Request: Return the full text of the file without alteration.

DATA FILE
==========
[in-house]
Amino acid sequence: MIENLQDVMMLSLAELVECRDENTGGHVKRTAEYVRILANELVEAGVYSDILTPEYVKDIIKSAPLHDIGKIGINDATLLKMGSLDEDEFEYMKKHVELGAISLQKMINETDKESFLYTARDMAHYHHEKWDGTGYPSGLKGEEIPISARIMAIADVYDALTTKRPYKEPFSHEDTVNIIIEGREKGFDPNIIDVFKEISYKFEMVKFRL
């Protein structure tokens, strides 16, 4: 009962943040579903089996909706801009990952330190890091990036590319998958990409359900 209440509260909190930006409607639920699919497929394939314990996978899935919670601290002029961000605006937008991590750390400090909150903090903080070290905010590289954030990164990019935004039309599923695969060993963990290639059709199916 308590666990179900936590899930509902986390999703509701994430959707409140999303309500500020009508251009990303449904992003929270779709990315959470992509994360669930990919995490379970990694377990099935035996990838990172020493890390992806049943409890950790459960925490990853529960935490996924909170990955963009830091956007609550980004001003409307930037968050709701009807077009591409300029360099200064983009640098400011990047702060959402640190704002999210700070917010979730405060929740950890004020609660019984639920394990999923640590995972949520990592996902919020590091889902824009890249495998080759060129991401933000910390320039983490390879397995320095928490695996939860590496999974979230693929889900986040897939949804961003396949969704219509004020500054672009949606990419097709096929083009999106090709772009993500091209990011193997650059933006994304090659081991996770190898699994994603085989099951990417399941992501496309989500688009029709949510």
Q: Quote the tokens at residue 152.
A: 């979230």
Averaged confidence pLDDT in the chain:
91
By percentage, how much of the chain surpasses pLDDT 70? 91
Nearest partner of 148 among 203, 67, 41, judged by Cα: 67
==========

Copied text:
[in-house]
Amino acid sequence: MIENLQDVMMLSLAELVECRDENTGGHVKRTAEYVRILANELVEAGVYSDILTPEYVKDIIKSAPLHDIGKIGINDATLLKMGSLDEDEFEYMKKHVELGAISLQKMINETDKESFLYTARDMAHYHHEKWDGTGYPSGLKGEEIPISARIMAIADVYDALTTKRPYKEPFSHEDTVNIIIEGREKGFDPNIIDVFKEISYKFEMVKFRL
């Protein structure tokens, strides 16, 4: 009962943040579903089996909706801009990952330190890091990036590319998958990409359900 209440509260909190930006409607639920699919497929394939314990996978899935919670601290002029961000605006937008991590750390400090909150903090903080070290905010590289954030990164990019935004039309599923695969060993963990290639059709199916 308590666990179900936590899930509902986390999703509701994430959707409140999303309500500020009508251009990303449904992003929270779709990315959470992509994360669930990919995490379970990694377990099935035996990838990172020493890390992806049943409890950790459960925490990853529960935490996924909170990955963009830091956007609550980004001003409307930037968050709701009807077009591409300029360099200064983009640098400011990047702060959402640190704002999210700070917010979730405060929740950890004020609660019984639920394990999923640590995972949520990592996902919020590091889902824009890249495998080759060129991401933000910390320039983490390879397995320095928490695996939860590496999974979230693929889900986040897939949804961003396949969704219509004020500054672009949606990419097709096929083009999106090709772009993500091209990011193997650059933006994304090659081991996770190898699994994603085989099951990417399941992501496309989500688009029709949510």
Q: Quote the tokens at residue 152.
A: 């979230």
Averaged confidence pLDDT in the chain:
91
By percentage, how much of the chain surpasses pLDDT 70? 91
Nearest partner of 148 among 203, 67, 41, judged by Cα: 67